North Africa LibyaBlog Analysis

Libyan crisis. All military options are on the table. Which?

training of the Austrian elements of the European battlegroup in medical evacuations (credit: Austrian Army)

(BRUSSELS2 / Analysis) Three major options are currently planned by the military of the European and Atlantic General Staff. The work has already started but it is far from finished. And this is the whole meaning of the “prudent planning” decision adopted by the EU as well as by NATO, and of the “detailed planning” decision taken by NATO.

As one expert told me, so far we have options, but quite vague, i.e. a general view of “what we can or plan to do », a few lines per option, describing the objectives, the advantages and disadvantages, and the main political and military conditions. " It is now a matter of going further, of specifying in detail ". That is to say to give in front of each option, the necessary means, the required staff, the cost, the implementation time, the risks… In terms of “paper”, we go from a few paragraphs per option to a few dozen pages.

Please note that, according to our information, the two organizations are continuing “separate” planning. Both processes are “independent and autonomous”. They are different political organizations (which do not bring together quite the same member states). Political formula to be weighted by a phenomenon: there are numerous bridges, structural and human, in particular via the representatives on the military committee (everyone talks to each other). Although there is no exclusivity or specialization of tasks, a boundary can nevertheless be drawn. The EU focuses more on humanitarian work, NATO has exclusive aviation rights, maritime issues are addressed by both organizations but with objectives that may be different (migration in one case, arms embargo in the other). The only difference between the two organizations: if NATO has decided to push forward with planning, no decision seems to have been taken in this direction by the EU. “ There is no political impetus in this direction explains a connoisseur of these files.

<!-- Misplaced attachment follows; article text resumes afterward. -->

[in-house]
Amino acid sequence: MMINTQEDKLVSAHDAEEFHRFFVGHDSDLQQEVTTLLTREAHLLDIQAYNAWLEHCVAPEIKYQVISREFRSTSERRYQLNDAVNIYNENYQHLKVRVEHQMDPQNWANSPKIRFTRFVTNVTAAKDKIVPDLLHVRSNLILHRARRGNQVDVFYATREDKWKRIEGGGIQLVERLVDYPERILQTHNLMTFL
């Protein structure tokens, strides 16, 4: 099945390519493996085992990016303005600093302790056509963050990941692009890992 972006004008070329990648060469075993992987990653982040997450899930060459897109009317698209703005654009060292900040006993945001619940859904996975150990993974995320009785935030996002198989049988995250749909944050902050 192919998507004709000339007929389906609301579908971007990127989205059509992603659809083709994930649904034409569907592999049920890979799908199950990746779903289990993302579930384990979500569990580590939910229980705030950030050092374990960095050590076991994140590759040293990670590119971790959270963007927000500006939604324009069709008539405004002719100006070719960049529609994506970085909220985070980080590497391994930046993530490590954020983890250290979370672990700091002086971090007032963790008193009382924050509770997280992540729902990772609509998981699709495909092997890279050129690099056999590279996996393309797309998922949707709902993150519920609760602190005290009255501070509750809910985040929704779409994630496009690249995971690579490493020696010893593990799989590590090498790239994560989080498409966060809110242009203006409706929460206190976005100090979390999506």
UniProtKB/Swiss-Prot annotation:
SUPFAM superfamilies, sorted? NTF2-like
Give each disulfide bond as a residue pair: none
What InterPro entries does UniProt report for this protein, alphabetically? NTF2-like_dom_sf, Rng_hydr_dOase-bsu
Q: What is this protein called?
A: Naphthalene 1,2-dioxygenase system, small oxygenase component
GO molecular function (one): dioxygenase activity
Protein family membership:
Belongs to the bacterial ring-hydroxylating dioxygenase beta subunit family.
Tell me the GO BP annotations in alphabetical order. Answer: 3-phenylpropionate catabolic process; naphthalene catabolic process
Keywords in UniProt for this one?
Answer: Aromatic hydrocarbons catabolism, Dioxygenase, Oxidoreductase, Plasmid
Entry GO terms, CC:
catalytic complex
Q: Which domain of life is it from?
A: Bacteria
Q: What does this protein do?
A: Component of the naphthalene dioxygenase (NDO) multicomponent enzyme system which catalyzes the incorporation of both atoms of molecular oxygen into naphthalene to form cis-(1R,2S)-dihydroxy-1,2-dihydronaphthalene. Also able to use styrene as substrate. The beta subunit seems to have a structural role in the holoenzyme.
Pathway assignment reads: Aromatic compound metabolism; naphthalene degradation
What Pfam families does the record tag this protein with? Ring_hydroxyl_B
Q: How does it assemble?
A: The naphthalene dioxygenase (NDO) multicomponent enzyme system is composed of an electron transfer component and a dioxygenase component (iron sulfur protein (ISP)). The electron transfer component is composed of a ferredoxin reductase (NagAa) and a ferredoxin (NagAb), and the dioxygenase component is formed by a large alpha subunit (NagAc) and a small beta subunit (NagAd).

1. Thehumanitarian : assistance to refugees, humanitarian corridors, “safe area”…

This involves preparing military support to welcome a significant wave of refugees in neighboring countries (Tunisia, Egypt, even Niger or Algeria – if they so wish). Classic logistical support (transport, communication, etc.) but also medical support (field hospital, etc.). Support which could also be extended to the “liberated” territory of the Libyan opponents. Ships like the British Cumberland and the Italian Libra have already practiced it. There may also be security for WFP “civilian” ships or evacuation ferries.